The content of movies has been growing worse since the beginning of the ratings system, said Steve Schwalm of the Parents Television Council.

“Content has gotten abysmally worse since 1968,” said Schwalm, adding that the same is true for television, “where ratings have been used as a cover to degrade content and push the envelope on what is considered acceptable. … Producers no longer have the responsibility to produce family viewing.”

Schwalm cited a June report from the Parents Television Council. A study of content in six major network shows since TV ratings were introduced three years ago, the report indicates a 30% increase in foul language and a 54% increase in sexual content.

“What we're seeing is a correlation with rating the shows and increased edgy, raw content” he said.

Schwalm said that until now, “ratings have been an absurdist exercise,” and that it is good that they will finally be taken seriously.

But whom does the rating system really serve, parents or filmmakers? Media watchdog David Horowitz, president of the Los Angeles-based Center for the Study of Popular Culture, argues it is the latter. He contended that enforcement is a superficial solution to a deeper problem, and that the ratings system itself has been a cover for producing racier and racier films.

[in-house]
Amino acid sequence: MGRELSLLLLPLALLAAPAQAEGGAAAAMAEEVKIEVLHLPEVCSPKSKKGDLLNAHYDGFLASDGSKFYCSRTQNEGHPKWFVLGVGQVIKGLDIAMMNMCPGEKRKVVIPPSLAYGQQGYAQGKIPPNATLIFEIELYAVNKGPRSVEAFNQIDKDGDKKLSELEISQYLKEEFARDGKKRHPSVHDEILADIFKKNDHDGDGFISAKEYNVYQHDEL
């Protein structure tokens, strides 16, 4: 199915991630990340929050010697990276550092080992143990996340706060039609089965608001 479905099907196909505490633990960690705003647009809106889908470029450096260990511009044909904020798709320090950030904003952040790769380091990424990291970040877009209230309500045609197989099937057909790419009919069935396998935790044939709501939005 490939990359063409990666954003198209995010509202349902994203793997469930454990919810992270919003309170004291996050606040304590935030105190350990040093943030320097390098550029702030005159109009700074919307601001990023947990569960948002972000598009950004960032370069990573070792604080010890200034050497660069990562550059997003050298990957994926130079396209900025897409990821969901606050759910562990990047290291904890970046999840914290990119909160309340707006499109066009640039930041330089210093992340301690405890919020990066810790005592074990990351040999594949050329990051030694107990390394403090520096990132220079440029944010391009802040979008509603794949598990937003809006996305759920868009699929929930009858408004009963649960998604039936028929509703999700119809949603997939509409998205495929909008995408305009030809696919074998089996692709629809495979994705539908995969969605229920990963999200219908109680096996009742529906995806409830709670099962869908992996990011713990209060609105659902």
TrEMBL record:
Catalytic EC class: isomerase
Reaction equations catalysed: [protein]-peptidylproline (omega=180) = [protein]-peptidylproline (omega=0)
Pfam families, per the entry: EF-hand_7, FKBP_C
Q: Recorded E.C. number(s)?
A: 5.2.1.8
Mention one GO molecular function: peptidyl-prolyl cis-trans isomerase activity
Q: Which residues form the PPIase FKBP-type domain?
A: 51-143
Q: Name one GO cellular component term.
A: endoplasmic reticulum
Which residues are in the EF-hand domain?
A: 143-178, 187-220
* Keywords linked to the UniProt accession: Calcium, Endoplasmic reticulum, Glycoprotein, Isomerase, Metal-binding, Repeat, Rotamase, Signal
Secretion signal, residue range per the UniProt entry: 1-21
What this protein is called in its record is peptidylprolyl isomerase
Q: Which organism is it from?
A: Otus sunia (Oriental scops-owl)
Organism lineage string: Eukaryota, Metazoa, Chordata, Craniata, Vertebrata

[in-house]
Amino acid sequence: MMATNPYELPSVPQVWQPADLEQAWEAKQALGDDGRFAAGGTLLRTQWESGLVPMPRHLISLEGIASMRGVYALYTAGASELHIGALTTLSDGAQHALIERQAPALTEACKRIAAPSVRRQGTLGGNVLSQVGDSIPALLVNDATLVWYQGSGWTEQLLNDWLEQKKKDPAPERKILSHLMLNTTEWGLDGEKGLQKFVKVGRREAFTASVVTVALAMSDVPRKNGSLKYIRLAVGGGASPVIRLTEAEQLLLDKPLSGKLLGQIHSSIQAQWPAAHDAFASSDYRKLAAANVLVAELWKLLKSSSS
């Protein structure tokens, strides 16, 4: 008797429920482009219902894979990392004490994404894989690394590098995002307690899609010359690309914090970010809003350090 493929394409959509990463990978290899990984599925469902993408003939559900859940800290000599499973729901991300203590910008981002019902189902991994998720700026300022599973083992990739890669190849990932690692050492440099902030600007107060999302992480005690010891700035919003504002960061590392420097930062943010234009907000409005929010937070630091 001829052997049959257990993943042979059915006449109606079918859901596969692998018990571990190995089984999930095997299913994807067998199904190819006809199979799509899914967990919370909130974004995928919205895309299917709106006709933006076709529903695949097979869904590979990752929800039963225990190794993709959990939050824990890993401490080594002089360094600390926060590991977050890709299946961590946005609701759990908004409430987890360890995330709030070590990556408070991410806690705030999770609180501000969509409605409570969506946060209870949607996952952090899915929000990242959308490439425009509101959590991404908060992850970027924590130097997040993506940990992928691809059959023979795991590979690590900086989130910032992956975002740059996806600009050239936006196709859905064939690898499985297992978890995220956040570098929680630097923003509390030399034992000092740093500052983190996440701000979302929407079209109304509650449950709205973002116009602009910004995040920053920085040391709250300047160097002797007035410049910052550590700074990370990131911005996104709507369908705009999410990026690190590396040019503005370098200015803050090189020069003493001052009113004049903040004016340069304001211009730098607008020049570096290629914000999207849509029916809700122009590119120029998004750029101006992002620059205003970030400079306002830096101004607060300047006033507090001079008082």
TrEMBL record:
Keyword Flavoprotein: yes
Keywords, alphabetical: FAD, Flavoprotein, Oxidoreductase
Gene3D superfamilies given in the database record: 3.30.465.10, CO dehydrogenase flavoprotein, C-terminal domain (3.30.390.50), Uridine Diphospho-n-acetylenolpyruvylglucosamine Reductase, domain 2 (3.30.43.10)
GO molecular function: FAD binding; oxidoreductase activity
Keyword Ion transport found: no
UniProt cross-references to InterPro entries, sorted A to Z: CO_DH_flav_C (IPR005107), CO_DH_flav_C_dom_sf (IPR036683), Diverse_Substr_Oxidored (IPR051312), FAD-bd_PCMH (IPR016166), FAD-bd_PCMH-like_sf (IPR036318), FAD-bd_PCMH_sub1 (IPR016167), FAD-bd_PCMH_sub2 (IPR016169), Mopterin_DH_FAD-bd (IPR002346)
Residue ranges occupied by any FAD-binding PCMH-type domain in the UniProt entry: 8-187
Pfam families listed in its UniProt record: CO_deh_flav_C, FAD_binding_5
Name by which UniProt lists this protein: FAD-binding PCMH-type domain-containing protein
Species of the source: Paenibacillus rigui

“Film violence and sexuality started as a result of the ratings system,” Horowitz said. “Before, there was an industry code in place which kept violence and sexuality out of films” — a reference to the Hays Production Codes, which, for many years, controlled the content of Hollywood films. “Once (ratings) were introduced producers thought, ‘Well, if I get an R rating for one sex scene, why not put in a hundred?’” Horowitz said.

Despite his distaste for the standard content of Hollywood films, Horowitz discourages government involvement in the issue. “The problem is much deeper,” he said, referring to Clinton's enforcement plan, calling it, “the use of Hollywood as a scapegoat.”

“The president,” Horowitz added, “has set a worse example for our children than Hollywood could ever achieve.”

—Brian McGuire